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IMPROVEMENT OF THE ROADS.

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pool and Hull in the same manner as the materials are brought from those places.

“Many thousand tons of shipping, and seamen in proportion, which in summer trade to the northern seas, are employed in winter in carrying materials for the Burslem ware; and as much salt is consumed in glazing one species of it as pays annually near £5,000 duty to government. Add to these considerations the prodigious quantity of coal used in the Potteries, and the loading and freight this manufacture constantly supplies as well for land carriage as inland navigation, and it will appear that the manufacturers, sailors, bargemen, carriers, colliers, men employed in the salt works, and others who are supported by the pot trade, amount to a great many thousand people; and every shilling received for ware at foreign markets so much clear gain to the nation, as not one foreigner is employed in, or any material imported from abroad for, any branch of it; and the trade flourishes so much as to have increased twothirds within the last fourteen years.

The potters concerned in this very considerable manufacture, presuming from the above, and many other reasons that might be offered by the pot trade, not unworthy the attention of parliament, have presented a petition for leave to bring in a bill to repair and widen the road from the 'Red Bull’ at Lawton, in Cheshire, to Cliff Bank, in Staffordshire, which runs right through the Potteries, and falls at each end into a turnpike road. This road, especially the northern road from Burslem to the “Red Bull,' is so very narrow, deep, and foundrous, as to be almost impassable for carriages, and in the winter almost for pack-horses; for which reasons the carriages with materials and ware to and from Liverpool, and the salt works in Cheshire, are obliged to go to Newcastle, and from thence to the “Red Bull,' which is nine miles and a half (whereof three miles and a half, viz., from Burslem to Newcastle, are not turnpike road), instead of five miles, which is the distance from Burslem to the 'Red Bull' by the road prayed to be amended."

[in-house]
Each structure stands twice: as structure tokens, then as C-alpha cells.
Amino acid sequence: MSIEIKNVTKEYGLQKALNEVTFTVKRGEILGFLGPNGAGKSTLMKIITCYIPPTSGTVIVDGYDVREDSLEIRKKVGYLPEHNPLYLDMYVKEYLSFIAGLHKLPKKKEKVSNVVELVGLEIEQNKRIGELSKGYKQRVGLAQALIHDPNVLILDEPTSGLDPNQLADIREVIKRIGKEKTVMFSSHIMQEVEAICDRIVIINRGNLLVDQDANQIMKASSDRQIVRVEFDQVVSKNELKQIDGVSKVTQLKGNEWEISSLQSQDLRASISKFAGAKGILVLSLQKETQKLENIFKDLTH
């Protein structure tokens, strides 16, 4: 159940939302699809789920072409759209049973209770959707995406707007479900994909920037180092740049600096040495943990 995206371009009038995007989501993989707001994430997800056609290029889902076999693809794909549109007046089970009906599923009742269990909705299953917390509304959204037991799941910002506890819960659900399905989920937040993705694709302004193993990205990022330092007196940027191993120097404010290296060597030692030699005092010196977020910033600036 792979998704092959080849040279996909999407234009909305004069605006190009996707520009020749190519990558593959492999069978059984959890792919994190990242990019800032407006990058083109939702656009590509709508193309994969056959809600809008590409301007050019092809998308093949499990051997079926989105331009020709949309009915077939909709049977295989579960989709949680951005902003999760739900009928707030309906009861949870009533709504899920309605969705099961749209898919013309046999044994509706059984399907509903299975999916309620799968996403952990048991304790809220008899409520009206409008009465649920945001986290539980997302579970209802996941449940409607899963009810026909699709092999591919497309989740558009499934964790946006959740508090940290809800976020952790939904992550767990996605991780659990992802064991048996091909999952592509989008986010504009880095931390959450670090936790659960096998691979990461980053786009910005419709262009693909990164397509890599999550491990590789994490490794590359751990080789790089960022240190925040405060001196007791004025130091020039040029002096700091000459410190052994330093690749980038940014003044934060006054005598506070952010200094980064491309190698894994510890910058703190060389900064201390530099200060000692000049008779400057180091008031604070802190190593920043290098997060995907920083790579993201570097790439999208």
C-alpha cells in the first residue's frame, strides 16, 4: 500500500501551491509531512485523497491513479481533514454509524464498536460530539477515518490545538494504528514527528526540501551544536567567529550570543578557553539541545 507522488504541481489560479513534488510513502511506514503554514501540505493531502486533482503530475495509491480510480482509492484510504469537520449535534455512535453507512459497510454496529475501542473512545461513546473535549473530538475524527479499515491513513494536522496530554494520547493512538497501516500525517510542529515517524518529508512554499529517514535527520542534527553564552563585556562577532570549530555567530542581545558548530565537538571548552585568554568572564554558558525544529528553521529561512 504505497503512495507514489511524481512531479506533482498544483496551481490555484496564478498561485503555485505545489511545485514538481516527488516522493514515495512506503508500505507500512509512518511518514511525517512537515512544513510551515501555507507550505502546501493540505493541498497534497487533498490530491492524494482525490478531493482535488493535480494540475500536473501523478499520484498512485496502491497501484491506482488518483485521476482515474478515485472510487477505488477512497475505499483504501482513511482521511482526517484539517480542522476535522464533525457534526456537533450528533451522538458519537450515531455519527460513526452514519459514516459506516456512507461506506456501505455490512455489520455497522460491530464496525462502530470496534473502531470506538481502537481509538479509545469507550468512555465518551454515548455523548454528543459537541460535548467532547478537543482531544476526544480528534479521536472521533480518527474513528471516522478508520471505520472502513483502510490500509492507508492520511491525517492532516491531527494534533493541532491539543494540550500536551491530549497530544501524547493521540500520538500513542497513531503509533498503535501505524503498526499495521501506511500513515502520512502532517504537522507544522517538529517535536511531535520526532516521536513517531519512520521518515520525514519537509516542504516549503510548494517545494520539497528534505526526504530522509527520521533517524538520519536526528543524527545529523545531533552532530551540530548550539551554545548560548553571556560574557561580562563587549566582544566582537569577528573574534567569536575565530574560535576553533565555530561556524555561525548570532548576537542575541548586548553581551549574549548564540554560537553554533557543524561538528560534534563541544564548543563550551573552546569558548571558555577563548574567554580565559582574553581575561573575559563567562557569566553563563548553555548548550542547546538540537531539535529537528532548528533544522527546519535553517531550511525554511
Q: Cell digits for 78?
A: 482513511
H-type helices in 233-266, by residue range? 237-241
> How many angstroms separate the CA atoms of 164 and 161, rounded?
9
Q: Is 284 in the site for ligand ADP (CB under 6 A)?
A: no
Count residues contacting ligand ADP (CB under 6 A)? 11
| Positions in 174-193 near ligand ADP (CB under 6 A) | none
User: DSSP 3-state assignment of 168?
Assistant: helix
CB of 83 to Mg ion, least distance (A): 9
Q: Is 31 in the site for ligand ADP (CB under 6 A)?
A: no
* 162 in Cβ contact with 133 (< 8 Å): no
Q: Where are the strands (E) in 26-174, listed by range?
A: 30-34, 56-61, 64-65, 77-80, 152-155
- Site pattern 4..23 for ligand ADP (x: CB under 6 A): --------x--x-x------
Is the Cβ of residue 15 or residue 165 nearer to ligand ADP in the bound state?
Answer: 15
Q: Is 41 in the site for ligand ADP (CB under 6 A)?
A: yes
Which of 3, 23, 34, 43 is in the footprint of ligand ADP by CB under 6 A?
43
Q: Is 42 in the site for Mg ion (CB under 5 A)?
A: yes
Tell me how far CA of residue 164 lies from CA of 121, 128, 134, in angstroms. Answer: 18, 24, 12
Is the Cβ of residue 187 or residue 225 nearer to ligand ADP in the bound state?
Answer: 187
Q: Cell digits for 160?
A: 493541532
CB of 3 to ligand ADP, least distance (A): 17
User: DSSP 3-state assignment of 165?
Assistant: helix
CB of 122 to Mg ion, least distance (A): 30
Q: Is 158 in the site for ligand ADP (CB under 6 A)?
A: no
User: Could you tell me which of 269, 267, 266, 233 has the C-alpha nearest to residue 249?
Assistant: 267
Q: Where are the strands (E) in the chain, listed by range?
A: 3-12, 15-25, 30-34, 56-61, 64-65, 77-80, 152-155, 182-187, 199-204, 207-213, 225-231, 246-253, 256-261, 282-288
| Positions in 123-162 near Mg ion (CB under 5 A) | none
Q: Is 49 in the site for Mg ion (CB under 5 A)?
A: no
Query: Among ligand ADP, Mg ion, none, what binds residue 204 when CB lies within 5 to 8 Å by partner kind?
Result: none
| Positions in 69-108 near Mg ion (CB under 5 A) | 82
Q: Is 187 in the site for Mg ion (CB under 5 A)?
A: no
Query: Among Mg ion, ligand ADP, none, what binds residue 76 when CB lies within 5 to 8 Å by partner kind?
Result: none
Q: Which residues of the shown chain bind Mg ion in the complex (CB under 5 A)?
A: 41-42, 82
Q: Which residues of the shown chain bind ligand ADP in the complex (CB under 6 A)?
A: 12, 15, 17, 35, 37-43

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In this scheme, as I have before hinted, Wedgwood and his brother manufacturers met with severe opposition, especially from the inhabitants of Newcastle-under-Lyme, who considered that by diverting the traffic into another channel, their town would be ruined, and their trade, especially that of the innkeepers, destroyed. The Act, however, passed with the alteration that it should end at Burslem instead of being continued to Cliff Bank. The formation of this turnpike-road-which has the reputation of being the first in the Potteries—was mainly due to the immense exertions of Wedgwood, who only grew more determined as opposition increased, and eventually carried his point, and thus conferred an incalculable benefit on the neighbourhood, much against its will.

In the course of his own business, as well as upon the schemes of the turnpike-road and canal, Wedgwood had not unfrequently occasion to go to Liverpool, where, indeed, he had already found an important market for his goods. On one of these visits, in consequence of some accidental aggravation of his old complaint, he was laid up for some weeks, and was then under the charge of, I have reason to believe, Dr. Matthew Turner, a man of high intellectual attainments, and an excellent chemist, who resided in John Street, and to whom the merit of the re-discovery of much of the lost art of glass-staining belongs. *

The doctor was an intimate friend of Mr. Thomas Bentley, of Liverpool, a man of superior attainments, of refined taste, and of most agreeable manners and conversational powers, and “ pitying the situation of Mr. Wedgwood, a stranger, and so much afflicted, introduced Mr. Bentley to him as a companion, whose intelligence, vivacity, and philanthropy, would quicken the lingering hours of pain.” From this acquaintanceship, so accidentally and so strangely brought about, sprung up a lasting friendship, which ripened as time drew on, until it culminated in a partnership, and ended only in the death of Bentley.